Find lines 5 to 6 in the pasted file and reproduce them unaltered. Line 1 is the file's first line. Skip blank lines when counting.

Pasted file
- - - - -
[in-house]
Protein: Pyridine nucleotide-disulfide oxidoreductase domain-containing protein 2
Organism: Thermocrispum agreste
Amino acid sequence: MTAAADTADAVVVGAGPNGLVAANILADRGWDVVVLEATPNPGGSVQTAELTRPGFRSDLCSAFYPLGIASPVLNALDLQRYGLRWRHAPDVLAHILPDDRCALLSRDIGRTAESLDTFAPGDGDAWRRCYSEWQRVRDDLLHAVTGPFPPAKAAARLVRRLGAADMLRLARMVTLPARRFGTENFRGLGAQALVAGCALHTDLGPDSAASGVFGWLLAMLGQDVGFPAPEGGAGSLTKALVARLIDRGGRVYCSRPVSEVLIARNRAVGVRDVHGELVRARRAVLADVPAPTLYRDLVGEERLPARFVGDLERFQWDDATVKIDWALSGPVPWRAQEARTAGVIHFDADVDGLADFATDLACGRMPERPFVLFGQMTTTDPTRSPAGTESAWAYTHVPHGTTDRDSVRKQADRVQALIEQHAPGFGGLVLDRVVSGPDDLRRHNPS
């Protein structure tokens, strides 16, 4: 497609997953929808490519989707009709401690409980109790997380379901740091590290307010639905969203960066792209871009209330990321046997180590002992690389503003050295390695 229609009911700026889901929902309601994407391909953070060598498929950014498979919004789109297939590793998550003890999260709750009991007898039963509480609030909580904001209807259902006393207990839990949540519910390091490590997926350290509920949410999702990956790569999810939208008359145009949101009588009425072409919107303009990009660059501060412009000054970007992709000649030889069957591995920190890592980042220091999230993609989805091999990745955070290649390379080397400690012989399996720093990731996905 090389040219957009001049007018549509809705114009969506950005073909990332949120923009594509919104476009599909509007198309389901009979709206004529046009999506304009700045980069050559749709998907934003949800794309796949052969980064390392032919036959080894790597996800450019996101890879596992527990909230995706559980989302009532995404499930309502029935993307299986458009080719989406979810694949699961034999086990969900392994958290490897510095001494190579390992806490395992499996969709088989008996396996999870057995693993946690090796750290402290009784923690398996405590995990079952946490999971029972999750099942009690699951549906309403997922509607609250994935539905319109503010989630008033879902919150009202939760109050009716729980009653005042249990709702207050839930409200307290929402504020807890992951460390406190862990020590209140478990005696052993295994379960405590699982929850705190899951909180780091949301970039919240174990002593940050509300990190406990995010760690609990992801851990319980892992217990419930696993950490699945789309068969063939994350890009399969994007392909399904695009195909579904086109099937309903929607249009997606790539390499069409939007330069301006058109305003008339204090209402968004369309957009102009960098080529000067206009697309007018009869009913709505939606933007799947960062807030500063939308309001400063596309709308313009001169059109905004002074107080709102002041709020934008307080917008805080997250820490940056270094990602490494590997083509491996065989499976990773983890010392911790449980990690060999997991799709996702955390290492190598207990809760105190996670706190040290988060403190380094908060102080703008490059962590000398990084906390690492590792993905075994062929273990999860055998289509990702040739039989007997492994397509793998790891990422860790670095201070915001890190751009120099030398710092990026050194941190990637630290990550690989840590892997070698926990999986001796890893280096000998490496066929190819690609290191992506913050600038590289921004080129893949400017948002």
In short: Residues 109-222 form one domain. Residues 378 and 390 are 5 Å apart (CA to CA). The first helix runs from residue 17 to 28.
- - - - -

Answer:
């Protein structure tokens, strides 16, 4: 497609997953929808490519989707009709401690409980109790997380379901740091590290307010639905969203960066792209871009209330990321046997180590002992690389503003050295390695 229609009911700026889901929902309601994407391909953070060598498929950014498979919004789109297939590793998550003890999260709750009991007898039963509480609030909580904001209807259902006393207990839990949540519910390091490590997926350290509920949410999702990956790569999810939208008359145009949101009588009425072409919107303009990009660059501060412009000054970007992709000649030889069957591995920190890592980042220091999230993609989805091999990745955070290649390379080397400690012989399996720093990731996905 090389040219957009001049007018549509809705114009969506950005073909990332949120923009594509919104476009599909509007198309389901009979709206004529046009999506304009700045980069050559749709998907934003949800794309796949052969980064390392032919036959080894790597996800450019996101890879596992527990909230995706559980989302009532995404499930309502029935993307299986458009080719989406979810694949699961034999086990969900392994958290490897510095001494190579390992806490395992499996969709088989008996396996999870057995693993946690090796750290402290009784923690398996405590995990079952946490999971029972999750099942009690699951549906309403997922509607609250994935539905319109503010989630008033879902919150009202939760109050009716729980009653005042249990709702207050839930409200307290929402504020807890992951460390406190862990020590209140478990005696052993295994379960405590699982929850705190899951909180780091949301970039919240174990002593940050509300990190406990995010760690609990992801851990319980892992217990419930696993950490699945789309068969063939994350890009399969994007392909399904695009195909579904086109099937309903929607249009997606790539390499069409939007330069301006058109305003008339204090209402968004369309957009102009960098080529000067206009697309007018009869009913709505939606933007799947960062807030500063939308309001400063596309709308313009001169059109905004002074107080709102002041709020934008307080917008805080997250820490940056270094990602490494590997083509491996065989499976990773983890010392911790449980990690060999997991799709996702955390290492190598207990809760105190996670706190040290988060403190380094908060102080703008490059962590000398990084906390690492590792993905075994062929273990999860055998289509990702040739039989007997492994397509793998790891990422860790670095201070915001890190751009120099030398710092990026050194941190990637630290990550690989840590892997070698926990999986001796890893280096000998490496066929190819690609290191992506913050600038590289921004080129893949400017948002």
In short: Residues 109-222 form one domain. Residues 378 and 390 are 5 Å apart (CA to CA). The first helix runs from residue 17 to 28.